Many Neapolitan dishes feature San Marzanos, the sauce tomato par excellence.
Jeremy Parzen’s well researched post on the etymology of “sugo alla puttanesca” (“whoreish sauce”) is so good that that I’ll skip the colorful story and focus in on the ingredients and wines to match this Neapolitan classic. Like many Neapolitan dishes, puttanesca features the bright, and in my opinion, unmatched flavor of San Marzano tomatoes. A few additional ingredients such as olives, capers, salt-cured anchovies, garlic, and chili flakes are added to the San Marzano tomatoes to create an aromatic and strongly-flavored dish.
With so few ingredients, spend some extra cash for salt-packed anchovies and capers, and use high-quality olives. You will be able to taste the higher quality in the finished dish, and it’s worth it. My other piece of advice is to practice good mise-en-place by having your ingredients prepped and ready to go. The goal is to bring out the flavor of the tomatoes by cooking them for only a short time over high heat, so you should start to assemble the sauce at the same time as the water is coming to a boil for the spaghetti (or vermicelli as is common in Naples).
Lidia Bastianich, in her book “Lidia’s Italy,” also recommends cooking this type of sauce “in a large skillet over a hot fire, at the same time as the pasta cooks al dente.” This will help allow you to heat the sauce quickly while controlling its consistency. Finally, Lidia adds that “pasta in Naples defines the term ‘cooked al dente’ and that “no city is more in tune with the texture of cooked pasta,” so you really want to be able to focus on the flavors and textures that are happening in a very short (about 10 minute) period of time.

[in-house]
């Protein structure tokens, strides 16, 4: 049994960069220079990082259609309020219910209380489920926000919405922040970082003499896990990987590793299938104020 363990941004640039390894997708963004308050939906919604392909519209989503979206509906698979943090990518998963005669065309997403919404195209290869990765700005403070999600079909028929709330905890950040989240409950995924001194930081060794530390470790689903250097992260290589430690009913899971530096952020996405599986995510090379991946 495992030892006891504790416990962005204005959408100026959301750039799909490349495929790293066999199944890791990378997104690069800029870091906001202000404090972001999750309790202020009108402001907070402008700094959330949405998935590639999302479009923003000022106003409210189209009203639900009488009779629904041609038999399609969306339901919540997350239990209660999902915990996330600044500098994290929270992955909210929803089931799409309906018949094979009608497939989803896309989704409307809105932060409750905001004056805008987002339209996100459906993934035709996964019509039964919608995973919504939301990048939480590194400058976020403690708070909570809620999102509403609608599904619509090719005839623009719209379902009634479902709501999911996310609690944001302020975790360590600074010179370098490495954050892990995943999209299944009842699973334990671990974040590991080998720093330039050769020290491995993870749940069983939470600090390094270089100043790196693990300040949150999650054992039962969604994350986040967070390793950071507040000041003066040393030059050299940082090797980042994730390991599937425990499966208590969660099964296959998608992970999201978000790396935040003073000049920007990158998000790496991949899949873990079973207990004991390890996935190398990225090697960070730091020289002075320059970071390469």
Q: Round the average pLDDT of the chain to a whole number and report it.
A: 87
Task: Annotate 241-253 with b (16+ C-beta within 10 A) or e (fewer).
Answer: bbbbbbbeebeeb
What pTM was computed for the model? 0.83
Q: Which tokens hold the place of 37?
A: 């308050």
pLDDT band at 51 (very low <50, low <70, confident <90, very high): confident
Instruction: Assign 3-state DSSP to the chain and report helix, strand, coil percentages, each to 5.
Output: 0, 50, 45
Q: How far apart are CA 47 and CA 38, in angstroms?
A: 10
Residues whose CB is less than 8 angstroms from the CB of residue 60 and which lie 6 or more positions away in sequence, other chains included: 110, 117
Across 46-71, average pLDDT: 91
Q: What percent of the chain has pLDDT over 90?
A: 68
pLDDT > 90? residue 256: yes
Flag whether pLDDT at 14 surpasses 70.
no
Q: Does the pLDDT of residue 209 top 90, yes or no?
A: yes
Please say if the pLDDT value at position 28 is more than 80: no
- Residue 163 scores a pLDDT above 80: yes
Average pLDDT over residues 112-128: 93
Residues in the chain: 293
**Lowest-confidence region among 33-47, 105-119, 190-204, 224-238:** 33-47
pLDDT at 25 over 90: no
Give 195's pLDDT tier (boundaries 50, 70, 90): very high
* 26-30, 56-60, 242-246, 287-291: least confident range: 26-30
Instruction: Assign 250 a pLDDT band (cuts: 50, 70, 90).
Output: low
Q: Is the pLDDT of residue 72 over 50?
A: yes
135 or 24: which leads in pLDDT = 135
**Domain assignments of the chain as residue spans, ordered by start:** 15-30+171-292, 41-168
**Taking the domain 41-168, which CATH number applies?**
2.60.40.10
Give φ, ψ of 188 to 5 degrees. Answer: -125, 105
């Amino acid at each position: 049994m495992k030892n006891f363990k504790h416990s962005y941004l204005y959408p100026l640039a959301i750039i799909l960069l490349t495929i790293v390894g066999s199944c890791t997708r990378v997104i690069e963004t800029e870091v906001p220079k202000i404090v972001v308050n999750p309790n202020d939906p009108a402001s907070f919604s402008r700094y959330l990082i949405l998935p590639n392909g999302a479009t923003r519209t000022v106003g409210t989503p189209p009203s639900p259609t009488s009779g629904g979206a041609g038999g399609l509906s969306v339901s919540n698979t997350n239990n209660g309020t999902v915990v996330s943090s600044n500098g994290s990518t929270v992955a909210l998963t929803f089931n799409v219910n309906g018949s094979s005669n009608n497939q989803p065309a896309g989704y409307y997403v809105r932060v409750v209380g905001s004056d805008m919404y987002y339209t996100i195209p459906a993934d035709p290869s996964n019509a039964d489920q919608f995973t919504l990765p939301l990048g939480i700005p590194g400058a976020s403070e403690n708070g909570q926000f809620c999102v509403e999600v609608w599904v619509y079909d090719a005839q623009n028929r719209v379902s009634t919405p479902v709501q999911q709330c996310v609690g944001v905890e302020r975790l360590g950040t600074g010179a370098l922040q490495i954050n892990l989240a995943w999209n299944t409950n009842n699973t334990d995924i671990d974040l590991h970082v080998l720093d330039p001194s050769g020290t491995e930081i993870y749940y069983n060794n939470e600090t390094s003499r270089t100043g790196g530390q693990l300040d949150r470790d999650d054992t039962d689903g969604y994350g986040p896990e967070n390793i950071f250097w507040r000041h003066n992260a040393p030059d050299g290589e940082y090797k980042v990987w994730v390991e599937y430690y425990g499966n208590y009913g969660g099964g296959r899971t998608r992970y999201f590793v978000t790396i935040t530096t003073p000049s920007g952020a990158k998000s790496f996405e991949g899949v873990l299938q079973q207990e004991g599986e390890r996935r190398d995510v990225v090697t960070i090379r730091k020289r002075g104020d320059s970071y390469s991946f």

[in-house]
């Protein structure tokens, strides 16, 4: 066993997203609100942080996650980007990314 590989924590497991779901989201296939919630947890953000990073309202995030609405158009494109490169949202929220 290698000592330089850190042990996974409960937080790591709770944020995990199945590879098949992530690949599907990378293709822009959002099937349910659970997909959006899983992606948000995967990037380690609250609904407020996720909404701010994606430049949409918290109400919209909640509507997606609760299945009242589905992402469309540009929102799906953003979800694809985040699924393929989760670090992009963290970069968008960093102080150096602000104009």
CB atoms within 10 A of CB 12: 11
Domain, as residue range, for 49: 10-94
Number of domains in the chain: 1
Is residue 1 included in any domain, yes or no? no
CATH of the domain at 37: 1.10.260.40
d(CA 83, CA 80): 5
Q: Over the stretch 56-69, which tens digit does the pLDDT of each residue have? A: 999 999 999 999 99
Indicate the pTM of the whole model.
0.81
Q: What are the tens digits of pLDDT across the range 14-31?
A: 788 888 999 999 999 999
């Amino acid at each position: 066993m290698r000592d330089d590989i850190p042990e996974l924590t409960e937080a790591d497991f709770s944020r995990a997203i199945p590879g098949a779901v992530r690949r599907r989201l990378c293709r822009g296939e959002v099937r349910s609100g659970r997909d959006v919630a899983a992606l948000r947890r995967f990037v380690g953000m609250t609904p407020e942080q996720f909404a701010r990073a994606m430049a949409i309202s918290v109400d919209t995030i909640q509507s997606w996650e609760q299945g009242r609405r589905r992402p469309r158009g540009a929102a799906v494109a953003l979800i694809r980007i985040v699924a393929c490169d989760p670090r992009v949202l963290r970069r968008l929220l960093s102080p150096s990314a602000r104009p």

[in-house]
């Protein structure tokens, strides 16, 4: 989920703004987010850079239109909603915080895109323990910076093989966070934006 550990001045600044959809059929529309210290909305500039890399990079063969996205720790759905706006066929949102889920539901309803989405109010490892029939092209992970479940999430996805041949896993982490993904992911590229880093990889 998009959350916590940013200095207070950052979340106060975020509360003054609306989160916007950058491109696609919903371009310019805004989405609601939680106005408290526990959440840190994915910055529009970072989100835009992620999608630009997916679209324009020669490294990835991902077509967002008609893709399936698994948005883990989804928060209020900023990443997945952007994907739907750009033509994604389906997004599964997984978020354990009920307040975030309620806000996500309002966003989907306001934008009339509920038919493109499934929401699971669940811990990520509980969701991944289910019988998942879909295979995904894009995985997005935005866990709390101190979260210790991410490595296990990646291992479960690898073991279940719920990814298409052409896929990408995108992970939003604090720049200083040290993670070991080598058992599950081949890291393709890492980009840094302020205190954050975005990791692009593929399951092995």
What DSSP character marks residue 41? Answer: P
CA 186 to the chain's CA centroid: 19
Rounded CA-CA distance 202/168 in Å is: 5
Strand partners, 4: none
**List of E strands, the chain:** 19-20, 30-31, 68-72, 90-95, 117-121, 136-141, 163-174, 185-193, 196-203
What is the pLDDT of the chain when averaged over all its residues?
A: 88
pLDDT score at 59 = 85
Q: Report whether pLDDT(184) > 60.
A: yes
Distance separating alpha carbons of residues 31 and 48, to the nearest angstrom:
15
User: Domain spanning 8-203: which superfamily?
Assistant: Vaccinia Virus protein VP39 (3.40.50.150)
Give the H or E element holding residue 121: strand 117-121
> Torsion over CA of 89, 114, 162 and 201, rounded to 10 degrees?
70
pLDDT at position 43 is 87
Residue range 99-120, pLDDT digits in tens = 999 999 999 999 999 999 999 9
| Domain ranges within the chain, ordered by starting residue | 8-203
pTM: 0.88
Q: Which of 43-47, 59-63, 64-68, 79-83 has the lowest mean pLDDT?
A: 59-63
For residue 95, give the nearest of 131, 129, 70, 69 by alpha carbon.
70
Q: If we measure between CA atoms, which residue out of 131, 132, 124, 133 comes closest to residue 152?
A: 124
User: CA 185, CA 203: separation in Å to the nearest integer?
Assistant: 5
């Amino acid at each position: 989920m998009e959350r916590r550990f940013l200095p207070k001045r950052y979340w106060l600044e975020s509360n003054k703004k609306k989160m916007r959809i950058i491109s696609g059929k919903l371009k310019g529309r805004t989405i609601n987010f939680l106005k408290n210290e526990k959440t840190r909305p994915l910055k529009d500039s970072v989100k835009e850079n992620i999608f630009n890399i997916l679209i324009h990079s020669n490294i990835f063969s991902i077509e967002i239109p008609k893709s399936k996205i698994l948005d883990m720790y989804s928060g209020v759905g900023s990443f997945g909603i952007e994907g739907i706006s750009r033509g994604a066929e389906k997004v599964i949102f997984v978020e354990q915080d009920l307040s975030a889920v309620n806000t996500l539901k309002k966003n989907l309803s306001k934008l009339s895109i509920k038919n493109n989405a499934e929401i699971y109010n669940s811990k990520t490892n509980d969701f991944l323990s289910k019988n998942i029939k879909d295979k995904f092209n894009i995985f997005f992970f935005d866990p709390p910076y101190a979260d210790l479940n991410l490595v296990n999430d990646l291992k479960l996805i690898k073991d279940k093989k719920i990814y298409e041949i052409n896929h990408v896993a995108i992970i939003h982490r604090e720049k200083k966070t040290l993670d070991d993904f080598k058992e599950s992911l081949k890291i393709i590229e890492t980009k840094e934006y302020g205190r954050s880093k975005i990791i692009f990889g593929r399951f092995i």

Arthur Schwartz, in his book “Naples at Table,” says that “there is an old Neapolitan habit of not draining pasta in a colander at all, but lifting it out of the pot with a fork,” which is done to preserve some of the starchy, salted water which can be used to loosen a sauce that has gotten too thick. However, this is unnecessary in the case of puttanesca. Instead, I like the technique demonstrated in this video by Mark Bittmann where he drains the pasta water into the serving bowl, thereby warming the bowl which keeps the pasta warm while serving. One final thought: skip the grated cheese and sprinkle on some freshly chopped parsley instead.
Greco from Molise and Aglianico from Basilicata are excellent partners to spaghetti alla puttanesca.
I thought that a dry, earthy, and higher-acid red was necessary to stand up to all of the strong flavors of tomato, garlic, and cured black olives. My first instinct was to try some dry, but lighter-styled, Campanian reds based on the piedirosso grape, such as the Feudi di San Gregorio Trigaio, but a wine from Basilicata caught my eye and I went for it. The Macarico Aglianico del Vulture “Macari” 2006 was rich and delicious and unexpectedly polished, and I found it to be almost too good for such a rustic and pungent dish. It seemed like it would have been more at home with roasted lamb or goat. So we went back to a dry white we had been drinking earlier in the evening, a 2008 Greco Terre Degli Osci (IGT) from Cantine Borgo di Colloredo from Molise. Greco is a prized varietal in neighboring Campania and is known for its grapey character. This Greco was dry but had almost a rich texture that nicely countered the spicy heat in our puttanesca. This is another dish where I would also suggest a Dry Fizzy Red like Gragnano.
posted on February 22 2010 by jesse